Global marine underwriting premiums for 2016 fell by 9% to US$27.5bn according to the International Union of Marine Insurance (IUMI).
The decline was driven by the strong value of the US dollar compared to other currencies, general weak market conditions, general commodity prices and the state of the shipping and offshore sectors.
Vice-chairman of the IUMI’s facts and figures committee, Astrid Seltmann, said: “This worrying downward trend leads to an increasing mismatch between income levels and the marine insurer’s obligation to cover major losses, particularly in light of the trend for larger vessels and greater accumulation of risks in port.”
In the cargo sector, premium income was reported as US$15bn, representing a 6% fall, partly caused by exchange rate fluctuations and the strong dollar.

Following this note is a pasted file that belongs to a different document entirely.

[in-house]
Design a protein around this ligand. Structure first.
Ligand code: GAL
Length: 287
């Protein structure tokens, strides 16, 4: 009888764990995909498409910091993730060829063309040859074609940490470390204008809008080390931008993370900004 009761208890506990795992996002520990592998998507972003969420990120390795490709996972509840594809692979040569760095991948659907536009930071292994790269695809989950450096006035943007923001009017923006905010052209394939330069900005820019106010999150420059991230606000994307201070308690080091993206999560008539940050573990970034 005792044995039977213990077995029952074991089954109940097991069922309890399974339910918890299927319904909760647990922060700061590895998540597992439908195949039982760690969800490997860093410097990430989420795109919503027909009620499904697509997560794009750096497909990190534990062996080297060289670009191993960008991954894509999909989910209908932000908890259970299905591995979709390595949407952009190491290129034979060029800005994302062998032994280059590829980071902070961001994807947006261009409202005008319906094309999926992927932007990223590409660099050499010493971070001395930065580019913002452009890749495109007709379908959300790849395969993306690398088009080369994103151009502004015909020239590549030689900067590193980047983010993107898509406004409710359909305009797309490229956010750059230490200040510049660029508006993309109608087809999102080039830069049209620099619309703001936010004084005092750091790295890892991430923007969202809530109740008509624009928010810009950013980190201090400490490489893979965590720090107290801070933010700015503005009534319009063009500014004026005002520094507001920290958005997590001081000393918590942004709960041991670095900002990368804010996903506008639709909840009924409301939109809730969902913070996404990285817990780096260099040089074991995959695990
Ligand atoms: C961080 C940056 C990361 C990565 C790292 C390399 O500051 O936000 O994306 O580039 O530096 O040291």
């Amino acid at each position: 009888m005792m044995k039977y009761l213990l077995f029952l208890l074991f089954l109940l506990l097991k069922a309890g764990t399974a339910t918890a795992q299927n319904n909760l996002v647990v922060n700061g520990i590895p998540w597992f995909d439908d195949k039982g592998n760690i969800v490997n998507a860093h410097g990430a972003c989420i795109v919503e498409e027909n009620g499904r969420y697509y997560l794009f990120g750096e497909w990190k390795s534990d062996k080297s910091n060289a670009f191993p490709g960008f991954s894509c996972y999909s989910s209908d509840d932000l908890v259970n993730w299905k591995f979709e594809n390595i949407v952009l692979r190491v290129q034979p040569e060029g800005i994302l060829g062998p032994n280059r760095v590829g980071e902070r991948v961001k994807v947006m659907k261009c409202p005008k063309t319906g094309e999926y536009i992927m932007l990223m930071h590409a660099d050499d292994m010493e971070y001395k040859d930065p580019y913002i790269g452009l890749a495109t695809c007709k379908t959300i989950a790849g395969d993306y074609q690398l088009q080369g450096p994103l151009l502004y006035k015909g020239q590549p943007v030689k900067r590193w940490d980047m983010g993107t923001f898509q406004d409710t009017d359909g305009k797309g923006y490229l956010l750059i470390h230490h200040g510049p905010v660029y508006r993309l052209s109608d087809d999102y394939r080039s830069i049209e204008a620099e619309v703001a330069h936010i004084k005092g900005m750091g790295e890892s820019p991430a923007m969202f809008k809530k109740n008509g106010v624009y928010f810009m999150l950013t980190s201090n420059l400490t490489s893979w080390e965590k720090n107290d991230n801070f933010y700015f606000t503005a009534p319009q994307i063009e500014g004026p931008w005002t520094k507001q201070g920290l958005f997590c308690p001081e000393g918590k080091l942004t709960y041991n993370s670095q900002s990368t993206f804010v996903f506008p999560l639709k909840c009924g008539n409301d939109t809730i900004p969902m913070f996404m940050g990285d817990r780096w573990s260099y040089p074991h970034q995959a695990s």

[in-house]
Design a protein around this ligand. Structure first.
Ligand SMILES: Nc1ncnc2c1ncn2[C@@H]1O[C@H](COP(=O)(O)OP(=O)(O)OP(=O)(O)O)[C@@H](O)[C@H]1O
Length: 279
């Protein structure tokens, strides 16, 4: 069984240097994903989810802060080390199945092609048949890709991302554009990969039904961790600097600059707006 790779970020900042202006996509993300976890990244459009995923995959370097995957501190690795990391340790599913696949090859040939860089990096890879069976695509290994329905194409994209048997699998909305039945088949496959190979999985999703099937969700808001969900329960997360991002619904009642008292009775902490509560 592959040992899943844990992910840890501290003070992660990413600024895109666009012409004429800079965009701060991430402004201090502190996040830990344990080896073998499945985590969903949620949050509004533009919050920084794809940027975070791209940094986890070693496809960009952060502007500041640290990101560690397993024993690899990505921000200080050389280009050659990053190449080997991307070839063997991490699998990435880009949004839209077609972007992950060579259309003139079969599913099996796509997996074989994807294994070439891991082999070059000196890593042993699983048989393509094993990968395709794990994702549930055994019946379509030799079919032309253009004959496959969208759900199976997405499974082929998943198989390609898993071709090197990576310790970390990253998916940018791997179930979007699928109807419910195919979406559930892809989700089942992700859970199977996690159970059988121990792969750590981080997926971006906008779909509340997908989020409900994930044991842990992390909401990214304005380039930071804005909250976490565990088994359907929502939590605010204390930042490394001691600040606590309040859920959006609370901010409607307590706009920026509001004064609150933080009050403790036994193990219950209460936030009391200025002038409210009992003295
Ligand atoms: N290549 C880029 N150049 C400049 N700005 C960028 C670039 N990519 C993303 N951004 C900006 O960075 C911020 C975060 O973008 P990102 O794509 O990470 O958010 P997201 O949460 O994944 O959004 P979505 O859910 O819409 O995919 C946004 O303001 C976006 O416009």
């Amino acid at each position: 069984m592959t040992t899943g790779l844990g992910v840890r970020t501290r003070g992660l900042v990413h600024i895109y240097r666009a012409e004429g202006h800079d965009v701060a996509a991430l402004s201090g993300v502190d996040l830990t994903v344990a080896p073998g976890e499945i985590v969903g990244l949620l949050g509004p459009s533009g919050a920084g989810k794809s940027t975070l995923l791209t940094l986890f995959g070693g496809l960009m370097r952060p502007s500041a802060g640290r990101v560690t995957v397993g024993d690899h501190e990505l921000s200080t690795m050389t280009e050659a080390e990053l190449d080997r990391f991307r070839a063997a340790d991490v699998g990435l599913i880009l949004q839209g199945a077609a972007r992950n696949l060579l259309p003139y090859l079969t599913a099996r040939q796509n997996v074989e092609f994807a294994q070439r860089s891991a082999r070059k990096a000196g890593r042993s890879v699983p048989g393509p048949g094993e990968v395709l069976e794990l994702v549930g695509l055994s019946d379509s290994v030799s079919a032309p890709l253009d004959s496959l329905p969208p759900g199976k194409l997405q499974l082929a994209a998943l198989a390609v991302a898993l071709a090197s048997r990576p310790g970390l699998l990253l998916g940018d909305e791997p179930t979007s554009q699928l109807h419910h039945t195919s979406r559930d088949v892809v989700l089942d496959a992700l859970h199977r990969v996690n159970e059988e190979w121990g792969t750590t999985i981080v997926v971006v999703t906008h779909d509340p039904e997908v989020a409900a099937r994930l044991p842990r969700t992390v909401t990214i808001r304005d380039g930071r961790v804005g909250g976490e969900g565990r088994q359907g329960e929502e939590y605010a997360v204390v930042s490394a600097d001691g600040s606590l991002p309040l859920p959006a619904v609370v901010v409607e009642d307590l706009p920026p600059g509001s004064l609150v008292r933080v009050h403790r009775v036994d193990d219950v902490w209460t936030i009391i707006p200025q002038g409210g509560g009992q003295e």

The 2015 Tianjin disaster significantly eroded the performance of the 2014 and 2015 underwriting years, noted a statement from the IUMI.
The trend towards higher value cargoes and increasing accumulation of values in ports is likely to continue and this will impact further on loss ratios, it added.
It is also impacting on premiums which are increasingly reflecting stock exposure rather than transit exposure according to the report.
Donald Harrell, chairman of the IUMI’s facts and figures committee, said that the outlook for 2017 remained uncertain, with the “true impact” of hurricanes Irma and Harvey yet to be seen.
He said: “Exposure to risk will only increase as vessels grow larger and values accumulate in port.
“A drop in premium income makes it challenging for underwriters to continue to cover their obligations, particularly in relation to major losses.”